European Commissioner for Research, Science and Innovation Carlos Moedas said: "There is no vaccine or treatment against Ebola as yet, so we must urgently step up our efforts in Ebola research. With this funding from Horizon 2020 and our industry partners, we are speeding up the development of an Ebola vaccine as well as rapid diagnostic tests to aid heroic health workers. These are the tools we need to defeat Ebola once and for all."
Links and notes:
The projects in which the School is a partner are:
Vaccine development in Phase I, II, and III (EBOVAC 1 & 2)
Consortium members: Janssen, London School of Hygiene & Tropical Medicine, Oxford University, Inserm (L'Institut national de la santé et de la recherche médicale), Inserm Transfert, Le Centre Muraz
Between them, the two EBOVAC projects will assess, through clinical trials in Europe and Africa, the safety and tolerability of the 'prime-boost' Ebola vaccine regimen (Ad26.ZEBOV and MVA-BN-Filo) in development at the Janssen Pharmaceutical Companies of Johnson & Johnson. Phase I trials will be carried out by the EBOVAC1 project, to gather preliminary information on the safety and tolerability of the vaccine regimen, and the immune response longer term. The Phase II and III trials, subject to review of the preliminary Phase I data, will be carried out in parallel by the EBOVAC2 and EBOVAC1 projects respectively to speed up the clinical development of the vaccine.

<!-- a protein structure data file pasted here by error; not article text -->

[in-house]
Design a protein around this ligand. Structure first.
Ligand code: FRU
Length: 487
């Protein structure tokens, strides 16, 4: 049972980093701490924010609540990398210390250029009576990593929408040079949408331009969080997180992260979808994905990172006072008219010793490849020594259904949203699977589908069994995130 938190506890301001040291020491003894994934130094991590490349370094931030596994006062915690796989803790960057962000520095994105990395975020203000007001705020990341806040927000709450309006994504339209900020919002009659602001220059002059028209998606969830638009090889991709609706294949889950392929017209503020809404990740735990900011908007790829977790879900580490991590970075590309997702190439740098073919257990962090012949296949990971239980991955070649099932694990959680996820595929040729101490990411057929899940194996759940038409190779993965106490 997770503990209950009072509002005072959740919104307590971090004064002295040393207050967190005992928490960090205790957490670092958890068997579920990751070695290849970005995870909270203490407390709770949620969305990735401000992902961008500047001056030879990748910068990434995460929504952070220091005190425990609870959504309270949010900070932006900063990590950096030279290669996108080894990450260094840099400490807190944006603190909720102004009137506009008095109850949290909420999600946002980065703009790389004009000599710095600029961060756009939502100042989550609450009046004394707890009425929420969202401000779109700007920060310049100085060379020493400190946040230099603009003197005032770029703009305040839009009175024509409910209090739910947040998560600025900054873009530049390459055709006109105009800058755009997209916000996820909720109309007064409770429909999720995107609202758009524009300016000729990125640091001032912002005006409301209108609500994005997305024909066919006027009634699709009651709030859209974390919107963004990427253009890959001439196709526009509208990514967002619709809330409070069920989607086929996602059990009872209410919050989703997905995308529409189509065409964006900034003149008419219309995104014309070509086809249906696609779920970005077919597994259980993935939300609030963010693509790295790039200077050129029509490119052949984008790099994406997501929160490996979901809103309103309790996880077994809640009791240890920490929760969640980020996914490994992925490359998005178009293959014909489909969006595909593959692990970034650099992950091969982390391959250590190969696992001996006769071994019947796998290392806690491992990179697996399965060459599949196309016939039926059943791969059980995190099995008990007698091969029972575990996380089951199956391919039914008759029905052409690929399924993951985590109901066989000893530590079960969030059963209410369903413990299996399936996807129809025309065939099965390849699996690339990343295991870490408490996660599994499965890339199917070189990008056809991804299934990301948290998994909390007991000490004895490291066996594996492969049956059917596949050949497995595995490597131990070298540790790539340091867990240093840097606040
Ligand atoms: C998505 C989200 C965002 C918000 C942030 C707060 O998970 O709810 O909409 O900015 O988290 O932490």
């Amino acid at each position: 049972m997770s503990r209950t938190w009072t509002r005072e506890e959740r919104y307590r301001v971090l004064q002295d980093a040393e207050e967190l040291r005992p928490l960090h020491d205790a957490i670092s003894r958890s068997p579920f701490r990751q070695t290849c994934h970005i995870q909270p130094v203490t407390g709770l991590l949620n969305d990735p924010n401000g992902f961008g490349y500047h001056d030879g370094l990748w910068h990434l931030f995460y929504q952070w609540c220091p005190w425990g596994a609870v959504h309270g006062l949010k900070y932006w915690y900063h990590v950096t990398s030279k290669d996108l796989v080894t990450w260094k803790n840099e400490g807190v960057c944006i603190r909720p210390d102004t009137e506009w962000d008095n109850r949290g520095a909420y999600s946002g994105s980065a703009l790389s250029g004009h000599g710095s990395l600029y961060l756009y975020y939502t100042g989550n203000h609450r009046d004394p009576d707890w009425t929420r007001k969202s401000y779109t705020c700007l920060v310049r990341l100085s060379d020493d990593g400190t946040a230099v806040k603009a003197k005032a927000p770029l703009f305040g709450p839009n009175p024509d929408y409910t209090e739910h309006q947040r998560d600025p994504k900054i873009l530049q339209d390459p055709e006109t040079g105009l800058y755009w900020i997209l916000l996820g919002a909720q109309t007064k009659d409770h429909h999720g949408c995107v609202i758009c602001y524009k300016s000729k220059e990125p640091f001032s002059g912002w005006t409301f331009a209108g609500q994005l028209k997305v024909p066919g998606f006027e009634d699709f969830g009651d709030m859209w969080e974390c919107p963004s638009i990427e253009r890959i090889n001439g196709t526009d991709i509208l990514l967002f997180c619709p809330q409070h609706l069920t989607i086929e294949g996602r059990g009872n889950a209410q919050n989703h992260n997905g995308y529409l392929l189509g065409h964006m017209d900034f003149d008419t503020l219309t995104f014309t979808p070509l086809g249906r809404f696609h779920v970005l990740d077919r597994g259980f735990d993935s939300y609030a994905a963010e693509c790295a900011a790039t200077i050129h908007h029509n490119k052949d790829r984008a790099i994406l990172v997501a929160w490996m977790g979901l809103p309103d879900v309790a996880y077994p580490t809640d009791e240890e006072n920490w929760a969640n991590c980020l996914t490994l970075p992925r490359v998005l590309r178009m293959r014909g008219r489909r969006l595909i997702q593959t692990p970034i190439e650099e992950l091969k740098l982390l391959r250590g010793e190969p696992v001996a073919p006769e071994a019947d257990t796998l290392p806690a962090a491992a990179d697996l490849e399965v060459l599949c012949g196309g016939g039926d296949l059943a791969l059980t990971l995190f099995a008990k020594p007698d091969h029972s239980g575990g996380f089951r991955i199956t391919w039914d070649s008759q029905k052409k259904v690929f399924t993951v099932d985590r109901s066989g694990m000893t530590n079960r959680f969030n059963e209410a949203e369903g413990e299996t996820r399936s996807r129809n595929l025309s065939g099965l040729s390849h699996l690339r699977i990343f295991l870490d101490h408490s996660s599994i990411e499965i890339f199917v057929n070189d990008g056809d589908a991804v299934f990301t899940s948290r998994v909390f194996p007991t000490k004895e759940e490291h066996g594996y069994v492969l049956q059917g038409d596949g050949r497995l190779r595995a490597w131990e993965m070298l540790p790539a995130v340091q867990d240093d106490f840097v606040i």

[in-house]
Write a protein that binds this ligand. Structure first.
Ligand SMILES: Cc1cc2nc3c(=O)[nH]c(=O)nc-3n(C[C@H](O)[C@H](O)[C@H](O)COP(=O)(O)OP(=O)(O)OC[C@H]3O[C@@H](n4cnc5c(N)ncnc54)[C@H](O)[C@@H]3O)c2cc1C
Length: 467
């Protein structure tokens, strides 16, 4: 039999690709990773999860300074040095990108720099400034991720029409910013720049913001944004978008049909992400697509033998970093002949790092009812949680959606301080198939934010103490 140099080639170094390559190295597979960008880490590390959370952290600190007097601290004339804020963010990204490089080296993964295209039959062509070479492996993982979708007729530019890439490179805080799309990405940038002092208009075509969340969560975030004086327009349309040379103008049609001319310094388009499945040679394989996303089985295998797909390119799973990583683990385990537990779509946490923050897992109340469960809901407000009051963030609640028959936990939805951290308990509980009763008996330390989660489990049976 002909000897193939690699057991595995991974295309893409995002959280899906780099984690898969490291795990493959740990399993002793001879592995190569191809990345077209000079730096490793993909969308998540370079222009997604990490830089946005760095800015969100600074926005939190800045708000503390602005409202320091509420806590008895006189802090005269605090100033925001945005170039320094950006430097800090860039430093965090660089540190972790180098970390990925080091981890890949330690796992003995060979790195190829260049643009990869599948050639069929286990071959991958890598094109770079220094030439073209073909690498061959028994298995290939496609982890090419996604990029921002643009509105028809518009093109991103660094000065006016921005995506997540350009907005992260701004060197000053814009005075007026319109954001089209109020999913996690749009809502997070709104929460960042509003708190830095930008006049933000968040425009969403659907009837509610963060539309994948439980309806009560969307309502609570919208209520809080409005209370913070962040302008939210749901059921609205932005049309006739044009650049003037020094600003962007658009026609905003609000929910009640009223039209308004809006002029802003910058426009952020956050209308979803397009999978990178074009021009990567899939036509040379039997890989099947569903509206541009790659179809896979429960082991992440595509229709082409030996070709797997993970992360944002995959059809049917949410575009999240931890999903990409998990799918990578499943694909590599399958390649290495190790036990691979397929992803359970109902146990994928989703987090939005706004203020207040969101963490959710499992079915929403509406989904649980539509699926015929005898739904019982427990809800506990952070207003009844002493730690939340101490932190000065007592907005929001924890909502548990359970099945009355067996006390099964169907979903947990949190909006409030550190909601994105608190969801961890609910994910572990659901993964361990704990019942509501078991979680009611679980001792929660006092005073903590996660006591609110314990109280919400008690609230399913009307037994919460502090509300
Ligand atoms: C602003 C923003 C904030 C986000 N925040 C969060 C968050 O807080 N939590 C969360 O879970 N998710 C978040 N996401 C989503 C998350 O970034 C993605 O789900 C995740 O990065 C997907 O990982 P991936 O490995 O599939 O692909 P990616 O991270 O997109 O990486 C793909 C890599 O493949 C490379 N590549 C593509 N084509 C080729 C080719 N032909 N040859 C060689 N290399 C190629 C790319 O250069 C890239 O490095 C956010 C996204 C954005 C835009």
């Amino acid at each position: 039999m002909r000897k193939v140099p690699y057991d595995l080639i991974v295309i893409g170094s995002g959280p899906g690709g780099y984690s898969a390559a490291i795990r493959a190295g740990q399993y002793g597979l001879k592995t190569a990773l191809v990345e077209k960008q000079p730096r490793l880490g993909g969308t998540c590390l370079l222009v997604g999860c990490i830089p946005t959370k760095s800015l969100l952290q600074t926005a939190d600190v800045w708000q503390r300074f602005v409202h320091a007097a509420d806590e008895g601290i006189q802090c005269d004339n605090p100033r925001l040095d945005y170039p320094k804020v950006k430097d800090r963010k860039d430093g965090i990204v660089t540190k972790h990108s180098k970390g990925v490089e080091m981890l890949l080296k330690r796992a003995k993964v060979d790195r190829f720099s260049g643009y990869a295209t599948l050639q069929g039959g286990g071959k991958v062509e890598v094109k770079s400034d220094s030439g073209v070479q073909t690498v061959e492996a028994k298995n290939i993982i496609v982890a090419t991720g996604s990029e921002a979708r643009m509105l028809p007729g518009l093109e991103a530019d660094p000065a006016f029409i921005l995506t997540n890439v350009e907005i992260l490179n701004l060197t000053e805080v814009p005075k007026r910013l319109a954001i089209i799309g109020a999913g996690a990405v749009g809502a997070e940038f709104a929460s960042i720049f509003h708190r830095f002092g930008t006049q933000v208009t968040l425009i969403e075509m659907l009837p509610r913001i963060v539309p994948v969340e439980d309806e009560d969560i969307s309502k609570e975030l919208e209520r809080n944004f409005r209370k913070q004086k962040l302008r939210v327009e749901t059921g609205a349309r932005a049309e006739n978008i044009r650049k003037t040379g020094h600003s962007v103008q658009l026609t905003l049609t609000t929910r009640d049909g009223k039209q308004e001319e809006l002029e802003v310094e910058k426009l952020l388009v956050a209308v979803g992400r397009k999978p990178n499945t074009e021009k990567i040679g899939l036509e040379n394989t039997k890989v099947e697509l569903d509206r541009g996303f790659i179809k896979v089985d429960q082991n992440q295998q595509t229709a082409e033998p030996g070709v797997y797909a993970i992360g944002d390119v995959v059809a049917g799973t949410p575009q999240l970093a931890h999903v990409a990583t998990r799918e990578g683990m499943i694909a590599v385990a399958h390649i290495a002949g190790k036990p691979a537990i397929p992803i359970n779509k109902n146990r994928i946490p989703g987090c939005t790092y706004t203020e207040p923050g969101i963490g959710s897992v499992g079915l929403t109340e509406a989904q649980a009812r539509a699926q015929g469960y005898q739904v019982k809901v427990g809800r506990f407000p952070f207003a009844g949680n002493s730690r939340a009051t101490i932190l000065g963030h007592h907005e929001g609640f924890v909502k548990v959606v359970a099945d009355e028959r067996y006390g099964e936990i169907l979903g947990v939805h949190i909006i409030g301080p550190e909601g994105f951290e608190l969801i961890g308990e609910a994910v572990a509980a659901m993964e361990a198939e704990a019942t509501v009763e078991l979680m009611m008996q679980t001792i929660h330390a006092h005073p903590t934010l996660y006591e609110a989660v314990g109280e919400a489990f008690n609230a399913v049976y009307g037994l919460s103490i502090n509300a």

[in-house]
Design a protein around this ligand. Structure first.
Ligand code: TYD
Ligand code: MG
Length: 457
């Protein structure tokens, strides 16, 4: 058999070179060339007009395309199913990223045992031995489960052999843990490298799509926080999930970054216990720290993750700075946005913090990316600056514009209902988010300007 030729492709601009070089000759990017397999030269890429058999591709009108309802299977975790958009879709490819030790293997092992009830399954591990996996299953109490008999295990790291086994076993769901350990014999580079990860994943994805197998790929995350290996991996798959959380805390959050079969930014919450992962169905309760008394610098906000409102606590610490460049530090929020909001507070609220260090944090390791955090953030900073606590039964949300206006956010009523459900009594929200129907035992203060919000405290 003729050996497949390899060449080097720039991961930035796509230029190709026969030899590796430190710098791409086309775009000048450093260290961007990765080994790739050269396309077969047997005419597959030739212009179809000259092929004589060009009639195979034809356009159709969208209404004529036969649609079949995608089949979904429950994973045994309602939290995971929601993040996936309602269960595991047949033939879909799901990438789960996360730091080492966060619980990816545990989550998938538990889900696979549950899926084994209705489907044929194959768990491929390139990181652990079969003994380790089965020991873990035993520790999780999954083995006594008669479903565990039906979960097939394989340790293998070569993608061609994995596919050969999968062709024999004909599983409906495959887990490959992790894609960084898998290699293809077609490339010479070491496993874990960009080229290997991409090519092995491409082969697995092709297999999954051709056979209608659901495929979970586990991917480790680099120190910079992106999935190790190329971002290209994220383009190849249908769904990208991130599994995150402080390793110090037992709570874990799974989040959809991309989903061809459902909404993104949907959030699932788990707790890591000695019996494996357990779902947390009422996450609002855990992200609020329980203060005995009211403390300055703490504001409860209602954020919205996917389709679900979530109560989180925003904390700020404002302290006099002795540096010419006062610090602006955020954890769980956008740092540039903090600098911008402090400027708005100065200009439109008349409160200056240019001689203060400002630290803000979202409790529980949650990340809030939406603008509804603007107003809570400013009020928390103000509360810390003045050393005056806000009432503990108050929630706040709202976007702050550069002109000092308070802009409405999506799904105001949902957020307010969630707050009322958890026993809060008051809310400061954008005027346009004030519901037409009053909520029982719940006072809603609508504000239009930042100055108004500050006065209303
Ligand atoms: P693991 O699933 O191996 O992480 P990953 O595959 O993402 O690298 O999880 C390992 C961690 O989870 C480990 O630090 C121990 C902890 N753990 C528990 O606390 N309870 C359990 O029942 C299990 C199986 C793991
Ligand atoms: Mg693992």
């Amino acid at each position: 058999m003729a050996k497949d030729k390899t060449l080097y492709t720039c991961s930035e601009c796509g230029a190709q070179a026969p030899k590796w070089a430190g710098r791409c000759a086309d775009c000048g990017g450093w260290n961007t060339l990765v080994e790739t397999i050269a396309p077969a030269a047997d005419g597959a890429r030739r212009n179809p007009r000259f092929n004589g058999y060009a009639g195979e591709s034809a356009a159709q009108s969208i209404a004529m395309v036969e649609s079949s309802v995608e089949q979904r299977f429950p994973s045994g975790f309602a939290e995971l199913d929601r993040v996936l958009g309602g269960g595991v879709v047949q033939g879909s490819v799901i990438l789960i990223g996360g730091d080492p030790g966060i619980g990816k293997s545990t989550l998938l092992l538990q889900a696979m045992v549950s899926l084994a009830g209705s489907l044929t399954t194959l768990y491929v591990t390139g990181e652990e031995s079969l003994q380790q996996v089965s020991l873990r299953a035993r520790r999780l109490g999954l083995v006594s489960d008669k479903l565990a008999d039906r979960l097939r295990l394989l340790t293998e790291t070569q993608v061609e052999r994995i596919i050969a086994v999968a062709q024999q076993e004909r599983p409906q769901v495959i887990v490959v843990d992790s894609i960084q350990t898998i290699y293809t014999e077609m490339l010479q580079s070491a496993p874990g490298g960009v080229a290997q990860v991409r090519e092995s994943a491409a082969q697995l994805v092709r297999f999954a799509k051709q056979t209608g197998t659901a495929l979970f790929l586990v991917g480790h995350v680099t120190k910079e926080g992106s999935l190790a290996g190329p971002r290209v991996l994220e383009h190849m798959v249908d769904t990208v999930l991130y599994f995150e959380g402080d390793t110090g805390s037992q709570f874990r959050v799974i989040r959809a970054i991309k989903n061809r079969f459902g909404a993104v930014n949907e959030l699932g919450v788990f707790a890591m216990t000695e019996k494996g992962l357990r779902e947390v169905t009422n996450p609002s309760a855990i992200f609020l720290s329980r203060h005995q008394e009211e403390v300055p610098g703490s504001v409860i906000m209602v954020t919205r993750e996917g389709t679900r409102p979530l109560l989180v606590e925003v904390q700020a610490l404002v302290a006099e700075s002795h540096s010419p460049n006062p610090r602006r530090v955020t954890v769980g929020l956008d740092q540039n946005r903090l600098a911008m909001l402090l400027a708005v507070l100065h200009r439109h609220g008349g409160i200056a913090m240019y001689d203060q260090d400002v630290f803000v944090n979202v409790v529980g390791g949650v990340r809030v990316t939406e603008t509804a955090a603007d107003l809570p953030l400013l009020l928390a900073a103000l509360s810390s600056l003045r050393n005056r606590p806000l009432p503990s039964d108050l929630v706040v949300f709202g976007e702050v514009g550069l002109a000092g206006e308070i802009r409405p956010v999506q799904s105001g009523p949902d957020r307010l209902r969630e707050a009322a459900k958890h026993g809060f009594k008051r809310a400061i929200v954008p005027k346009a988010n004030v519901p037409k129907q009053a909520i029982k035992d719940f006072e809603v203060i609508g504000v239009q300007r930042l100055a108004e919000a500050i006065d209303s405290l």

Deployment and compliance of vaccination regimens (EBODAC)
Consortium members: Janssen, London School of Hygiene & Tropical Medicine, Grameen Foundation, World Vision of Ireland